- You have to have a gay stereotypical sidekick who has no life outside of the heroine’s. And this is why Annabeth has two best friends, a guy and a girl, and Miles isn’t gay (Mia is bisexual, but that has nothing to do with her role in Annabeth’s life). I can’t suffer the disrespect of an outrageously gay male best friend character. Yes, I love very gay men, but to use them in this way is just wrong. Gay men come in all types, just like straight ones, and not all of them (or even most of them) want to be your fashion consultant/cheerleader/lap dog. And even if they do, they have their own lives. How about exploring their sub-plots a little and maybe even letting us see their happily ever after? The world is ready.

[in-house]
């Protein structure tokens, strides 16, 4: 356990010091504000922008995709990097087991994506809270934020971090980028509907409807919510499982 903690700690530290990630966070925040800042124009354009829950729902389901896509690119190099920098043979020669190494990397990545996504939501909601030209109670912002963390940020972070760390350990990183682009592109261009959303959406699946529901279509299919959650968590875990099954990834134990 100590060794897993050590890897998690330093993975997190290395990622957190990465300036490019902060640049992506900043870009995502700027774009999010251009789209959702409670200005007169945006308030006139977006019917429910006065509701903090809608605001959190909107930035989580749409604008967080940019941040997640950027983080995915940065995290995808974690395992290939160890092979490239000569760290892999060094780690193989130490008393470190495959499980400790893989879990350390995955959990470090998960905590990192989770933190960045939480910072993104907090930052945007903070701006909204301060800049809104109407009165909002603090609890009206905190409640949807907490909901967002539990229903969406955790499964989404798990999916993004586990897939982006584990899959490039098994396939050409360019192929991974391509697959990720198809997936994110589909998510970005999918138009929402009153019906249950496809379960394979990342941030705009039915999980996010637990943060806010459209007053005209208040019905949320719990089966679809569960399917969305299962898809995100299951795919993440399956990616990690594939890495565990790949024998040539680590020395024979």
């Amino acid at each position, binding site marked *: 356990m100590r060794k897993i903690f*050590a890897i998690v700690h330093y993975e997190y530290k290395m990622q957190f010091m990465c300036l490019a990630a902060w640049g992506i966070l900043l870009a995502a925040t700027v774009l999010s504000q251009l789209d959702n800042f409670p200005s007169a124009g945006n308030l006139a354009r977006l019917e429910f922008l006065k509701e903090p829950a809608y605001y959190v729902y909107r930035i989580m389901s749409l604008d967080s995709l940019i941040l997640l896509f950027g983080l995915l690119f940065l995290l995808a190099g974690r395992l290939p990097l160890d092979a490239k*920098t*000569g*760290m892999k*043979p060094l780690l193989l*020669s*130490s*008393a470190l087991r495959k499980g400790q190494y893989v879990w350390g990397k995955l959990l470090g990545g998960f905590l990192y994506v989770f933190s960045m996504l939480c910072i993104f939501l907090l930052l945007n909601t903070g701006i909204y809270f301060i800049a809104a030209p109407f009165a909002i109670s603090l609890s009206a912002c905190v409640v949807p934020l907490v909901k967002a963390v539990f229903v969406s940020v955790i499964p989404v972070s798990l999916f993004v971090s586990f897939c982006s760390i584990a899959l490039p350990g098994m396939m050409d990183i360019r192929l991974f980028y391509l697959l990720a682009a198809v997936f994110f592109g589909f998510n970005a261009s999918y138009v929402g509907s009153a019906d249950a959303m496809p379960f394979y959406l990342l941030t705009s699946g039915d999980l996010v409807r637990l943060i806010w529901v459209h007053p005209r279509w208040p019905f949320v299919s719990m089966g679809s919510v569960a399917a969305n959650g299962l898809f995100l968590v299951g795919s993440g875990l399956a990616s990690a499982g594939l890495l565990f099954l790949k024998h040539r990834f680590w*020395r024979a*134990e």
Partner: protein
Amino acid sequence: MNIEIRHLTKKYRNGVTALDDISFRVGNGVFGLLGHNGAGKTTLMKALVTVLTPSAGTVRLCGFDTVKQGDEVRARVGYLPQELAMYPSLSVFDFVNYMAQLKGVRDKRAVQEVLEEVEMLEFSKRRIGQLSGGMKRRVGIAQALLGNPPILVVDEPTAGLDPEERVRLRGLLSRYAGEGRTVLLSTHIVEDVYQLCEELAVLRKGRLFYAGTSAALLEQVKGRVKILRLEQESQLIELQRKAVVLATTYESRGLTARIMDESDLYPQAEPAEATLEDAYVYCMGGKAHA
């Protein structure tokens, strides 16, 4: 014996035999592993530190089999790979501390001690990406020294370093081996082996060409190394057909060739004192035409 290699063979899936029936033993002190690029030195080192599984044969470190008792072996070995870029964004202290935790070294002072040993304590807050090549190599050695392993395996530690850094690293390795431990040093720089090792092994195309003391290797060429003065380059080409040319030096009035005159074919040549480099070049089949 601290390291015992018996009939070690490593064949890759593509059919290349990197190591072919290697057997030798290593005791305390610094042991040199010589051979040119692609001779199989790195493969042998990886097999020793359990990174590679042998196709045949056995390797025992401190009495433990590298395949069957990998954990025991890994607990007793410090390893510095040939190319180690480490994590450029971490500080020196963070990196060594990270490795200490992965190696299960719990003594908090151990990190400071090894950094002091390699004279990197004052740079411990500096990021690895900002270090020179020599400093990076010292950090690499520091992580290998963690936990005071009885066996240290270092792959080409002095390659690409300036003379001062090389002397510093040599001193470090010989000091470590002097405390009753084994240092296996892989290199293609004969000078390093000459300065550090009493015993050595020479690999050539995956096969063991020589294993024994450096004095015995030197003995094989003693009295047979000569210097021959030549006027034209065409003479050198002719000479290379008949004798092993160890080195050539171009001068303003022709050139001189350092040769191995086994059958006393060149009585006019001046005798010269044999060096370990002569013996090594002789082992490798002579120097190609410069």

- The person you’re supposed to be in love with has been right in front of you all along. Yes, sometimes this happens in real life, but this is certainly not the case for every woman. I don’t currently have any close male friends, but when I did, ew, no! They were like brothers to me. Ick! This also reinforces the idea men and women can’t be just platonic friends, which I think is disingenuous. Just like not everyone marries their high school sweetheart, not everyone marries the guy they work with/live door next to/get their mail from, etc. Some of us actually have to go looking.